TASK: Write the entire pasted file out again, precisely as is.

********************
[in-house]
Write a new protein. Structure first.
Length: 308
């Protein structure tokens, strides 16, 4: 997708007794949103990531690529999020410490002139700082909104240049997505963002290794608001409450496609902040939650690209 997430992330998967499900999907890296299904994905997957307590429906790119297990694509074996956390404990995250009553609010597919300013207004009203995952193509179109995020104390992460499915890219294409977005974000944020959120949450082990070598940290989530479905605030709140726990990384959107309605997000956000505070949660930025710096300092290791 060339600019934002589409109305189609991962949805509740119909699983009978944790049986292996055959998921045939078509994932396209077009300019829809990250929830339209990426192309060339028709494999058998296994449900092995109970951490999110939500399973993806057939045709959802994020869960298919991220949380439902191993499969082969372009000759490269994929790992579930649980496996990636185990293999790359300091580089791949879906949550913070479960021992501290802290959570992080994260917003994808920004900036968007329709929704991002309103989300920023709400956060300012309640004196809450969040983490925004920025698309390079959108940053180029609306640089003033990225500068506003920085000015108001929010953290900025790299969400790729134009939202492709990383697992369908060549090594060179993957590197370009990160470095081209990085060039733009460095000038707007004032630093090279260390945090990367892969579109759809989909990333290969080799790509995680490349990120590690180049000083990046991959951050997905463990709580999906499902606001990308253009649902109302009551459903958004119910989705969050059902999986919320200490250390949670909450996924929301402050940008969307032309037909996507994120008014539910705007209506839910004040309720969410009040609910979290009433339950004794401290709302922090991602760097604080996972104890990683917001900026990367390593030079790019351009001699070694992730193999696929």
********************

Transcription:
[in-house]
Write a new protein. Structure first.
Length: 308
């Protein structure tokens, strides 16, 4: 997708007794949103990531690529999020410490002139700082909104240049997505963002290794608001409450496609902040939650690209 997430992330998967499900999907890296299904994905997957307590429906790119297990694509074996956390404990995250009553609010597919300013207004009203995952193509179109995020104390992460499915890219294409977005974000944020959120949450082990070598940290989530479905605030709140726990990384959107309605997000956000505070949660930025710096300092290791 060339600019934002589409109305189609991962949805509740119909699983009978944790049986292996055959998921045939078509994932396209077009300019829809990250929830339209990426192309060339028709494999058998296994449900092995109970951490999110939500399973993806057939045709959802994020869960298919991220949380439902191993499969082969372009000759490269994929790992579930649980496996990636185990293999790359300091580089791949879906949550913070479960021992501290802290959570992080994260917003994808920004900036968007329709929704991002309103989300920023709400956060300012309640004196809450969040983490925004920025698309390079959108940053180029609306640089003033990225500068506003920085000015108001929010953290900025790299969400790729134009939202492709990383697992369908060549090594060179993957590197370009990160470095081209990085060039733009460095000038707007004032630093090279260390945090990367892969579109759809989909990333290969080799790509995680490349990120590690180049000083990046991959951050997905463990709580999906499902606001990308253009649902109302009551459903958004119910989705969050059902999986919320200490250390949670909450996924929301402050940008969307032309037909996507994120008014539910705007209506839910004040309720969410009040609910979290009433339950004794401290709302922090991602760097604080996972104890990683917001900026990367390593030079790019351009001699070694992730193999696929």